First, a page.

The Centre for Dance Research organises an annual series of research seminars, panel discussions, and lecture demonstrations by international scholars and dance artists as well as those from the UK and Roehampton. The Centre also hosts high-profile symposia and international conferences.
CDR events are free and open to the public. They take place on the campus of the University of Roehampton. For more information, contact Chris Jones, research facilitator: email@example.com; 0208 392 5145.
Andrée Grau, Professor of the Anthropology of Dance, University of Roehampton19 October 2016, 6.00-7.30pm, Convent Parlour, Digby Stuart College, University of Roehampton, Roehampton Lane, London SW15
Free, all welcome, no need to book
Research seminar hosted by the Digby Stuart Research Centre for Religion, Society and Human Flourishing in collaboration with the Centre for Dance Research. More: www.roehampton.ac.uk/Research-Centres/Digby-Stuart-Research-Centre-for-Religion-Society-and-Human-Flourishing/News-and-Events
Georgiana Gore, Professor of Anthropology of Dance and Bodily Practices, Blaise Pascal University, France24 November 2016, 6pm for 6.30pm. Portrait Room, Grove House, Froebel College, University of Roehampton, London SW15 5PJ
Free, but booking required: www.eventbrite.co.uk/e/blacking-lecture-georgiana-gore-tickets-28285003206
Following Rudolf von Laban’s and Marcel Mauss’ seminal work in the 1920s and 1930s, it is commonplace in anthropological analyses of dance to think of dance as the art of movement in time and place and the body as its instrument. But what if dancing is considered to be the art of relations, a social space for the enactment of worlds past and for the invention of worlds to come? This semi-autobiographical lecture considers the ways in which the presenter’s early engagement with an anthropology of the body, inspired by French post-structuralist authors, continues to inform her current research on the dynamics of interaction in dancing. This research oscillates between an inquiry into the individual dispositions and skills constitutive of dancing in general and the analysis of concerted collective performances. Examples are drawn from diverse sources including research in the 1980s amongst the Edo of Nigeria, and more recent work on international flashmobs and modes of transmission in French contemporary dance.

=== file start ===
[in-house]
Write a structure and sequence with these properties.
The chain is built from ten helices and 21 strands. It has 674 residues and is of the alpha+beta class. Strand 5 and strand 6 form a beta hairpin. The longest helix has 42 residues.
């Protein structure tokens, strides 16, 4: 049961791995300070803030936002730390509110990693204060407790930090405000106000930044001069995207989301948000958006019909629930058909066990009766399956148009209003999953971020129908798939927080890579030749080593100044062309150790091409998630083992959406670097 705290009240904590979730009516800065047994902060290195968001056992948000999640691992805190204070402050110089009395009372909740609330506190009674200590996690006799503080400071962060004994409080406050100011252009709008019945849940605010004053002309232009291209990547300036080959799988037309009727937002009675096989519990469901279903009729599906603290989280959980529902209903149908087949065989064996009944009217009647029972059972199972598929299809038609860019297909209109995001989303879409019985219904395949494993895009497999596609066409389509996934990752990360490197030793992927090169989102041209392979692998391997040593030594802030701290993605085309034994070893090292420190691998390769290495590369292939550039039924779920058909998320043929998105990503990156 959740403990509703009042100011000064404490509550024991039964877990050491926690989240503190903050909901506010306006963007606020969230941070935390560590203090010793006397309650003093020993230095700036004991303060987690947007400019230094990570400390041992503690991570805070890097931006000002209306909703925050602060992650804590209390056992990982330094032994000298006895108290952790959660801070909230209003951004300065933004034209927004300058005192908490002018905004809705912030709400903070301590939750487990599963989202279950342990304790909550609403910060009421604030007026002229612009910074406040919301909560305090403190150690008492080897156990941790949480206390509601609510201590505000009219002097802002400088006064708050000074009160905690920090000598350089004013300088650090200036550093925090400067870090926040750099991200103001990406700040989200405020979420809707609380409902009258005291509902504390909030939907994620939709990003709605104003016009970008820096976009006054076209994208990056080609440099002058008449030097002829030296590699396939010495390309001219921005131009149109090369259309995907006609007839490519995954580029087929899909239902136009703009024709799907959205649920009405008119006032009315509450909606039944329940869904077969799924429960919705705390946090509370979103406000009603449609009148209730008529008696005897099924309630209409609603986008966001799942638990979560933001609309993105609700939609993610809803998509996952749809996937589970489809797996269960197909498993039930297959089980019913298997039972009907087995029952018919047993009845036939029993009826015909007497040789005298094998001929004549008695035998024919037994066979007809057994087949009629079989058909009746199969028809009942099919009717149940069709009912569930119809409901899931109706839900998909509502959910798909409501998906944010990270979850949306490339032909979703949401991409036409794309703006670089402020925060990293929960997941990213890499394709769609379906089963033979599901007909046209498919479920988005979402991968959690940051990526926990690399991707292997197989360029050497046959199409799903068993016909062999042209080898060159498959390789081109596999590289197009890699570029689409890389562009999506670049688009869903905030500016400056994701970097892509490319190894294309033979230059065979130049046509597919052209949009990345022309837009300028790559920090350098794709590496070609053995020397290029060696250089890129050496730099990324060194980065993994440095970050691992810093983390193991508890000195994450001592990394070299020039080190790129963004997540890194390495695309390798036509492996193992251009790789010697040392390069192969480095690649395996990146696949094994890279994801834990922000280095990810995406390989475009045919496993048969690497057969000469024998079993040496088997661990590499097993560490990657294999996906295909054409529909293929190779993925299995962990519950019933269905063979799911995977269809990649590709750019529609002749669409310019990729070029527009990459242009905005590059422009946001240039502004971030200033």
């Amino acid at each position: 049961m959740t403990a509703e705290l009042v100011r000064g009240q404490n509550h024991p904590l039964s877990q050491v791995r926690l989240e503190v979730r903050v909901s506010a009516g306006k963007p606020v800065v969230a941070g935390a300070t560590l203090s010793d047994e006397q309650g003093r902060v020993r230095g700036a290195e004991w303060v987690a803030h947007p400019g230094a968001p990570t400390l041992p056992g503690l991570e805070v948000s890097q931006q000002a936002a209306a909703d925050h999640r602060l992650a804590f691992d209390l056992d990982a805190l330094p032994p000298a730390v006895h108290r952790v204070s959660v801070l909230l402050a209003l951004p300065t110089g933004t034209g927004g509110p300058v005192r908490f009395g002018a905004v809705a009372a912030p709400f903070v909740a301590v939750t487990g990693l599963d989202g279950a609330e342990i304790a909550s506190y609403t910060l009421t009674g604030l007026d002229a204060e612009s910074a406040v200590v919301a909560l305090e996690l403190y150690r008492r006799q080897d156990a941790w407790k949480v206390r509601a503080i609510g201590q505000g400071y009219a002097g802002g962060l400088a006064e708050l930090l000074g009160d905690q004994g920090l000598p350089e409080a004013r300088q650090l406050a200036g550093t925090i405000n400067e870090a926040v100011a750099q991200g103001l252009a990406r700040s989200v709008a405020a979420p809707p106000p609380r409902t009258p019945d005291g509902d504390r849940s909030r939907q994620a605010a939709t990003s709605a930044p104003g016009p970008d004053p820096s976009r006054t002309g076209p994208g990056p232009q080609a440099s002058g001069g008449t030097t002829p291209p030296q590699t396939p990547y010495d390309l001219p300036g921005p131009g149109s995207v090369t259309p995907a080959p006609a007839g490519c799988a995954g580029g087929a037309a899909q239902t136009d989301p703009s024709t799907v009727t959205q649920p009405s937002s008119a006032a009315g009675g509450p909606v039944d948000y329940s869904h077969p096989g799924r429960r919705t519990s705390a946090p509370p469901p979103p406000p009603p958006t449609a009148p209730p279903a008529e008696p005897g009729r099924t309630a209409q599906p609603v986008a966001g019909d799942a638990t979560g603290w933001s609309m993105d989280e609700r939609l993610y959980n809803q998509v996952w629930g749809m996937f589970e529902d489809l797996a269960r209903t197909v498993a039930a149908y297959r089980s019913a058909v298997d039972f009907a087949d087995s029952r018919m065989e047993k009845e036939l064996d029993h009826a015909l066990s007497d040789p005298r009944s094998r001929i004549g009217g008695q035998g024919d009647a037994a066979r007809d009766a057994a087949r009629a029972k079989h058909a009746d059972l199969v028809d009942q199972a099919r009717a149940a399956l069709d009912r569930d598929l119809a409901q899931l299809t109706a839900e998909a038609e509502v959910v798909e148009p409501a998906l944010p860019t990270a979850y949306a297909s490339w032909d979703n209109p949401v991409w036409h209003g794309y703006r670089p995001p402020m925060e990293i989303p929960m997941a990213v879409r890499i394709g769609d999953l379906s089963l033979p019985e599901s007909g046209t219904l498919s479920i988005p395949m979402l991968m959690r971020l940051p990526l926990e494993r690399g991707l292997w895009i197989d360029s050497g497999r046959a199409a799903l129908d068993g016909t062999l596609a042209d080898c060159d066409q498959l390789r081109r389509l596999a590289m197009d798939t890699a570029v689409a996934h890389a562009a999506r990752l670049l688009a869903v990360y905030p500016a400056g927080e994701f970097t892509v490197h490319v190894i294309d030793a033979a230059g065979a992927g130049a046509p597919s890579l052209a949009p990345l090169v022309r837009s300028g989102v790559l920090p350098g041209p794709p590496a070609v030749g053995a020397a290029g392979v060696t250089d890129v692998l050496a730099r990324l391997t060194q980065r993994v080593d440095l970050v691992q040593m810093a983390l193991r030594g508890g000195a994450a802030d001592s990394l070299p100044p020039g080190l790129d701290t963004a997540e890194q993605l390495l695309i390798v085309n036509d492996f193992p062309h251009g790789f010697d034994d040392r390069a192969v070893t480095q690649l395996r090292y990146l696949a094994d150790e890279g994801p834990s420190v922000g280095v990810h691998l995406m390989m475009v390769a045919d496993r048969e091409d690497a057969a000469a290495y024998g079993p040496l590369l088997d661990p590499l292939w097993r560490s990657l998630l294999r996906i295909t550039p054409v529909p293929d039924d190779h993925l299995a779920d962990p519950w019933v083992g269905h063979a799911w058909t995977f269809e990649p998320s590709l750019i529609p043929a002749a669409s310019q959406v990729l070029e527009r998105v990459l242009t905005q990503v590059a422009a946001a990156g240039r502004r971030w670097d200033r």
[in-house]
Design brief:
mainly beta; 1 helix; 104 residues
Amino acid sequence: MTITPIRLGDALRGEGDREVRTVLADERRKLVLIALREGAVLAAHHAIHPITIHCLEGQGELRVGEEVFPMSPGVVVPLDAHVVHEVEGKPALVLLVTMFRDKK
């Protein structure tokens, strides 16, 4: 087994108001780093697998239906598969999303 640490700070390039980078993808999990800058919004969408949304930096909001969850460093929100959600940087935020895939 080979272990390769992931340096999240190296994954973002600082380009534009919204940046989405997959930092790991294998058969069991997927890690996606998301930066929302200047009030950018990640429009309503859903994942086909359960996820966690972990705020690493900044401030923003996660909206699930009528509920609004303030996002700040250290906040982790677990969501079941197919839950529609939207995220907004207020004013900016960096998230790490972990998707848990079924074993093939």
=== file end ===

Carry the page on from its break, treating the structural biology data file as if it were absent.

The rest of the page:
Georgiana Gore is Professor of Anthropology of Dance and Bodily Practices at Blaise Pascal University (Clermont-Ferrand, France) and a member of the research centre ACTé. She directs a Master’s programme in Ethnomusicology and Anthropology of Dance (EMAD) and is local convenor for the Erasmus Mundus International Masters in Dance Knowledge, Practice and Heritage – Choreomundus. She has undertaken fieldwork in Southern Nigeria and in Europe, her research focusing mainly on dance transmission and the politics of embodiment as well as on various epistemological issues. Her publications include Anthropologie de la danse: Genèse et construction d’une discipline (with Andrée Grau 2006) as well as a forthcoming encyclopaedia contribution on the anthropology of dance also with Andrée Grau, a recent essay in the Journal for the Anthropological Study of Human Movement - JASHM (2013), and collaborative contributions to the edited collections Fields in Motion: Ethnography in the Worlds of Dance (Davida 2011) and The Interview: An Ethnographic Approach (Skinner 2012).
This annual RAI lecture is named in honour of esteemed ethnomusicologist and anthropologist John Blacking (1928-1990). The 2016 lecture is hosted by the Dance and Anthropology departments of the University of Roehampton, London. More about this lecture: www.therai.org.uk/events-calendar/eventdetail/373/-/rai-blacking-lecture-georgiana-gore
PhD students in Dance organise a postgraduate symposium annually or biennially. The 2016 symposium, 'Positioning', will take place on Tuesday 17 May. Read more...